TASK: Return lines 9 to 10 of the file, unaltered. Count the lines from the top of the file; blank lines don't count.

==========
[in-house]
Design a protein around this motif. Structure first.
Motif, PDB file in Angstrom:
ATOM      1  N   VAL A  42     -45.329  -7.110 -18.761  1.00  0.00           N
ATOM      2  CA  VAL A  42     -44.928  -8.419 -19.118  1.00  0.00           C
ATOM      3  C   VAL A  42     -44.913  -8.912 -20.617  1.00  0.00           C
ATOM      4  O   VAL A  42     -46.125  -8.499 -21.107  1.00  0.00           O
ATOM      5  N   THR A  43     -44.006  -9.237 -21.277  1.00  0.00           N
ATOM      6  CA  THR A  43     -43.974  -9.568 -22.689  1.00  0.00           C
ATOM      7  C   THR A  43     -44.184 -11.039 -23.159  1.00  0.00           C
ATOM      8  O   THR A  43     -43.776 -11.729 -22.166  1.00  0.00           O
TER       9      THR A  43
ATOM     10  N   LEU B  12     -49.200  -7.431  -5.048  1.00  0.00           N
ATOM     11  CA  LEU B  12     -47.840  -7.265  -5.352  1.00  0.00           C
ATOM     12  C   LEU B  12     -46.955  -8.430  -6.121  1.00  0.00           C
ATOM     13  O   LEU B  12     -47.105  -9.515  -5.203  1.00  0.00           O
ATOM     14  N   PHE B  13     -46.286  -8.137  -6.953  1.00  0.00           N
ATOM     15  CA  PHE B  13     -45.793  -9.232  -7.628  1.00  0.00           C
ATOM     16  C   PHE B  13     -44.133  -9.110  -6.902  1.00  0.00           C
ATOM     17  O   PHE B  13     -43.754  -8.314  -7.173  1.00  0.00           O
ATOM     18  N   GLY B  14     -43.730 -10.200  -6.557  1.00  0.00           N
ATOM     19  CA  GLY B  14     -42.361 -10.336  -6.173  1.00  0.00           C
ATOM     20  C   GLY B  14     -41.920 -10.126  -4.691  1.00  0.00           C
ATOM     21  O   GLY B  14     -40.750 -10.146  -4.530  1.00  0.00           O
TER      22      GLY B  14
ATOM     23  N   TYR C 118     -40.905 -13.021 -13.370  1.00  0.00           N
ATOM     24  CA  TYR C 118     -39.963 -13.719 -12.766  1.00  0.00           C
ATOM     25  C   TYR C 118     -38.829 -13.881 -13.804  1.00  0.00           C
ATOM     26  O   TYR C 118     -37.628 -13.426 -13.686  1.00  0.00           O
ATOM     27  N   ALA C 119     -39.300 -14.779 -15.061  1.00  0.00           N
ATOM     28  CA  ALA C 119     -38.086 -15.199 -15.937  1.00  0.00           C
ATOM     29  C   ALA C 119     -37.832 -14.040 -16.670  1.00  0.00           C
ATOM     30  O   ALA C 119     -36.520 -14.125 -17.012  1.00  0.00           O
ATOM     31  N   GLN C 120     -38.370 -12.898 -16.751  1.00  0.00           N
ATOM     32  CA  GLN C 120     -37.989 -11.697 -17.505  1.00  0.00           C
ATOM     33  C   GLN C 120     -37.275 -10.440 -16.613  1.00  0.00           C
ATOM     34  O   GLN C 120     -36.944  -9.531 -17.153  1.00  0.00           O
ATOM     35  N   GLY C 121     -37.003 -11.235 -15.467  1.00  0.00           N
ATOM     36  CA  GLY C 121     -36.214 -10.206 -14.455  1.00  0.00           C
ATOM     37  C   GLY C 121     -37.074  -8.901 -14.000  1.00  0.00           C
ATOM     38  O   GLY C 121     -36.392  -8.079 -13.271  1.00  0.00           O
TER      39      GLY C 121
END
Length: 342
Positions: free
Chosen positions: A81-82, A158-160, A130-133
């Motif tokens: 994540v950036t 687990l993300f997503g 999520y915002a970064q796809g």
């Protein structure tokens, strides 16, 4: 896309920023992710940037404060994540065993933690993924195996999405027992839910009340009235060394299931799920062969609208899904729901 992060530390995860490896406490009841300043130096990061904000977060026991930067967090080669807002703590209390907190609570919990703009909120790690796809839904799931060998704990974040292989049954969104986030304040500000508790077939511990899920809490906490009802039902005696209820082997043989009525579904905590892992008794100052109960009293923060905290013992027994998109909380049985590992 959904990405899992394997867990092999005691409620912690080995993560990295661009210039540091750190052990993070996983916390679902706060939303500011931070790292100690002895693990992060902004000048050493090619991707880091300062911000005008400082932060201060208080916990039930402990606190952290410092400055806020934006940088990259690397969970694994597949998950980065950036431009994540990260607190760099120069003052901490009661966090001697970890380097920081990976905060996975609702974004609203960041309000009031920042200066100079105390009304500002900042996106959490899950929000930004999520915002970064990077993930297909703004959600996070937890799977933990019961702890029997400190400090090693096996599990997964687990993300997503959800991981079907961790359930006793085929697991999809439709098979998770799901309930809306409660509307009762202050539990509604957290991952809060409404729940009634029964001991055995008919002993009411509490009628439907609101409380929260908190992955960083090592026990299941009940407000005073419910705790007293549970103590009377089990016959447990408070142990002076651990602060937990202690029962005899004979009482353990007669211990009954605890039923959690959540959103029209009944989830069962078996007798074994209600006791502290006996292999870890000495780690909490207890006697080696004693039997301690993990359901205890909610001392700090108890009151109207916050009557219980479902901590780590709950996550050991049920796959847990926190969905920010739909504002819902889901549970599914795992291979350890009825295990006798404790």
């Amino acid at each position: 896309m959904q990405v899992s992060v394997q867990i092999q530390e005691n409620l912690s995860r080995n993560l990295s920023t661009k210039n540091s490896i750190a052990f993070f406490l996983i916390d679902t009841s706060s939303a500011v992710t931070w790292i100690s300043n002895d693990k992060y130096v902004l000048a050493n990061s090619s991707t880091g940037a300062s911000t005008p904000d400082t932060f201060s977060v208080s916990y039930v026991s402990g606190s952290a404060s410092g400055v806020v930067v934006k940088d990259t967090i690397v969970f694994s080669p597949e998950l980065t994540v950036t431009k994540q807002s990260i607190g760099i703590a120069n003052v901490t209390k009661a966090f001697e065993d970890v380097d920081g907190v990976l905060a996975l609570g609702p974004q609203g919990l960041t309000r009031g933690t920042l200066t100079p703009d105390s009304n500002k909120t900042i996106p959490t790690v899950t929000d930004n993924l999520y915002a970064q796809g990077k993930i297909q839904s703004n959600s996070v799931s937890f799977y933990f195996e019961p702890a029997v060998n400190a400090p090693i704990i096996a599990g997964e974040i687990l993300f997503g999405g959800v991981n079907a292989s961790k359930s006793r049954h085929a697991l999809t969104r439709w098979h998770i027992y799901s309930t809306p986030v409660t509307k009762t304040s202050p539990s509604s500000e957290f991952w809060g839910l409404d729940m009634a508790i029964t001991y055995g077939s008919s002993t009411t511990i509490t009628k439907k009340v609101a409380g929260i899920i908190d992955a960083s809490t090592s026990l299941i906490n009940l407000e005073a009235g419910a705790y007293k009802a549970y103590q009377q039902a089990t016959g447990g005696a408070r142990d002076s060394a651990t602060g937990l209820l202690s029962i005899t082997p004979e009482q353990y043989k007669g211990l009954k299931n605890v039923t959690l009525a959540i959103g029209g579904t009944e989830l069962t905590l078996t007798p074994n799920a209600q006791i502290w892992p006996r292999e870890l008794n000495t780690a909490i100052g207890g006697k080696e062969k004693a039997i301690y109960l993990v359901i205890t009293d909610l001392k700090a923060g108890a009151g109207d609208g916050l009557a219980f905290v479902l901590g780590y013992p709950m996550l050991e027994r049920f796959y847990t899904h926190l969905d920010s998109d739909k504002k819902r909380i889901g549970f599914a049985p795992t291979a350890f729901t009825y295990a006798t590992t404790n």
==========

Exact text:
ATOM      6  CA  THR A  43     -43.974  -9.568 -22.689  1.00  0.00           C
ATOM      7  C   THR A  43     -44.184 -11.039 -23.159  1.00  0.00           C